Here is another in my series on SXSW events. I am pleased to be attending SXSW for the first time. I am grateful for Adobe Acrobat for enabling me to attend. I will be attending their all day Creative Camp Event on March 12, as well as some other Adobe sponsored sessions. As I do with other events I will be posting my notes from most of the sessions I attend. This is the session on The Complexity Curve: How to Design for Simplicity led by David Hogue VP of Experience Design Fluid Inc I was lucky to go early as there was a line outside by the time it stated. Please excuse typos as this is done near real time. Here is the session description:
“Interfaces and devices are providing more and more power and functionality to people, and in many cases this additional power is accompanied by increasing complexity. Although people have more experience and are more sophisticated, it still takes time to learn new interfaces, information, and interactions. Although we are able to learn and use these often difficult interfaces, we increasingly seek and appreciate simplicity.
The Complexity Curve describes how a project moves from boundless opportunity and wonderful ideas to requirements checklists and constraints then finally (but only rarely) to simplicity and elegance. Where many projects call themselves complete when the necessary features have been included, few push forward and strive to deliver the pleasing and delightful experiences that arise from simplicity, focus, and purpose.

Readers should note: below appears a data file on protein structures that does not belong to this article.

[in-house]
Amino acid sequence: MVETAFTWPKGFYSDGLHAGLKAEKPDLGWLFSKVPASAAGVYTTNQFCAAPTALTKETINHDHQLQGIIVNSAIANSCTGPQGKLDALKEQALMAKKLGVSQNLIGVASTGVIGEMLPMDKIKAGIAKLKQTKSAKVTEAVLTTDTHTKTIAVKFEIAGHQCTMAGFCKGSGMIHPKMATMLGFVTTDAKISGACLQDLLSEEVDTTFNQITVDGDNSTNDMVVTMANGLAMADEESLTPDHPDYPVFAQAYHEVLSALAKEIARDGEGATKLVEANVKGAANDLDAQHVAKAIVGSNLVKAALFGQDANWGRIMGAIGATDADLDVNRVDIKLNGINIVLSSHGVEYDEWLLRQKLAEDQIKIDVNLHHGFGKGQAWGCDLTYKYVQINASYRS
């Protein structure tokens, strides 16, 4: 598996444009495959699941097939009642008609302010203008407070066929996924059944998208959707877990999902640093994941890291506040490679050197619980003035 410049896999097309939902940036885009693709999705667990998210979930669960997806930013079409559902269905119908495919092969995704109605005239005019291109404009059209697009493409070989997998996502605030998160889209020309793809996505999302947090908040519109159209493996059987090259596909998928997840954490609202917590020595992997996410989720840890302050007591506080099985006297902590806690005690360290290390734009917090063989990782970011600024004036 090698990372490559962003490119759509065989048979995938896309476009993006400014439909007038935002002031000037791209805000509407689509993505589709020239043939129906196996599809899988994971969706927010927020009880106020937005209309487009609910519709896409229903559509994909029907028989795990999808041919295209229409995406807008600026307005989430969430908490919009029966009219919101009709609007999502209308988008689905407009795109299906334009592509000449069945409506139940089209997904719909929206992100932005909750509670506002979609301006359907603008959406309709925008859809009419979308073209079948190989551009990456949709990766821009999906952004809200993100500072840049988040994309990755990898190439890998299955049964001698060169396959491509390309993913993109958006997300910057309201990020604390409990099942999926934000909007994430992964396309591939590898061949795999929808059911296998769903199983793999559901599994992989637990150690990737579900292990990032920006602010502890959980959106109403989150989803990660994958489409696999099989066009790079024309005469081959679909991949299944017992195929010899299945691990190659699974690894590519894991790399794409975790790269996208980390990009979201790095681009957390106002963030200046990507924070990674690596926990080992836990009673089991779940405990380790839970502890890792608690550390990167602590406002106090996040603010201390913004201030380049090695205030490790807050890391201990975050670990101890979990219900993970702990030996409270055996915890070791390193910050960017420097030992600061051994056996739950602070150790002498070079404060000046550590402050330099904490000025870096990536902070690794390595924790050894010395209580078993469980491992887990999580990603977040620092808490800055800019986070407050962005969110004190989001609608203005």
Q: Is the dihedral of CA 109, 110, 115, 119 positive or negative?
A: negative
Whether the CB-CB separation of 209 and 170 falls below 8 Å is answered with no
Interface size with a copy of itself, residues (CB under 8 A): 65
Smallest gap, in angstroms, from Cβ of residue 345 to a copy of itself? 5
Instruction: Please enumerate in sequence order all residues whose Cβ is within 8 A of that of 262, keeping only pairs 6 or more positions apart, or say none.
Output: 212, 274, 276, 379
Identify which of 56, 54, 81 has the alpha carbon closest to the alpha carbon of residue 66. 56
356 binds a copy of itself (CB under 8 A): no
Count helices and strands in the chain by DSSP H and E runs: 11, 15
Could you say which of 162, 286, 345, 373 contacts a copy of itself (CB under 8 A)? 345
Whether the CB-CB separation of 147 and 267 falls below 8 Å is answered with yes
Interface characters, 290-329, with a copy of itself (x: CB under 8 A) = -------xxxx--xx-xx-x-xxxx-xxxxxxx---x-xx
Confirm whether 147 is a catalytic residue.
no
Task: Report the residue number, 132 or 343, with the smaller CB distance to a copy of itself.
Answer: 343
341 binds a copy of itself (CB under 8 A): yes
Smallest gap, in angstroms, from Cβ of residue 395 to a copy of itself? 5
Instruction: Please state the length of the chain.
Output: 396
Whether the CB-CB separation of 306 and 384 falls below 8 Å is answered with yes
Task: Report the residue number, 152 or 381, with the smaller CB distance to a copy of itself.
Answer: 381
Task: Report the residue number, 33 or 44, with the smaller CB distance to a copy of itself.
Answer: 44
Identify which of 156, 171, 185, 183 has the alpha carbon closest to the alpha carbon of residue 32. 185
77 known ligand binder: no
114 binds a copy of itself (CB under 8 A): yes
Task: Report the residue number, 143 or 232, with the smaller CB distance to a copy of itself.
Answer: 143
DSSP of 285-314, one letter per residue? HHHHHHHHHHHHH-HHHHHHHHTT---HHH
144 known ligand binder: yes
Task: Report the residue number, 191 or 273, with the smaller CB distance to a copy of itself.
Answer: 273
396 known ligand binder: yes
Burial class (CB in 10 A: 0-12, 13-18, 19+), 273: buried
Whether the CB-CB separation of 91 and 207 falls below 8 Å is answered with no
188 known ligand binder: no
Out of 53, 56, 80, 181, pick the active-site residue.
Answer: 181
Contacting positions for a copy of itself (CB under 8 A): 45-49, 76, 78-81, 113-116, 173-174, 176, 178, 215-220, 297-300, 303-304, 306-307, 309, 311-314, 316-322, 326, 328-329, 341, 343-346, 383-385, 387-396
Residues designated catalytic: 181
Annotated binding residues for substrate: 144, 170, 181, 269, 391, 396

In this session, David M. Hogue, Ph.D. - VP of Experience Design, applied psychologist, and adjunct faculty member at San Francisco State University - will introduce the Complexity Curve, discuss why our innovative ideas seem to fade over the course of a project, explain why "feature complete" is not the same as "optimal experience", and offer some methods for driving projects toward simplicity and elegance.”
David first made sure everyone had a seat. David is an applied psychologist and UI designer. Complexity is easier than simplicity. I agree and remember that Thelonius Monk said that simplicity was true genius. He sited the complexity of digital watches. I feel the pain here – I just remember for half the year my digital clocks like my car are an hour off as I do not know how to change them. My wrist watch is manual and I use my iPhone as a pocket watch.
David shared definitions of complexity. First he looked at designers. We hear words like: clean and simple, lots of negative speech, avoid noise. Also hierarchy is important. Then easy interactivity is key so you want to eliminate unnecessary content. The goals are important. The IRS form is very complex. Structure is key. How are things connected and organized? The structure provides movements that make sense or confuse. The registration line at SXSW is a classic example of bad design.
Now he looked at the perspective people or users. This is very different than designers. People find that the Web often does not do what they do. The key tasks need to more upfront. People think of complexity in terms of relevance rather than visual design. The US Air Force has designed the controls of every plane in the same way. I wish cars did this, as every new rental car can be a challenge.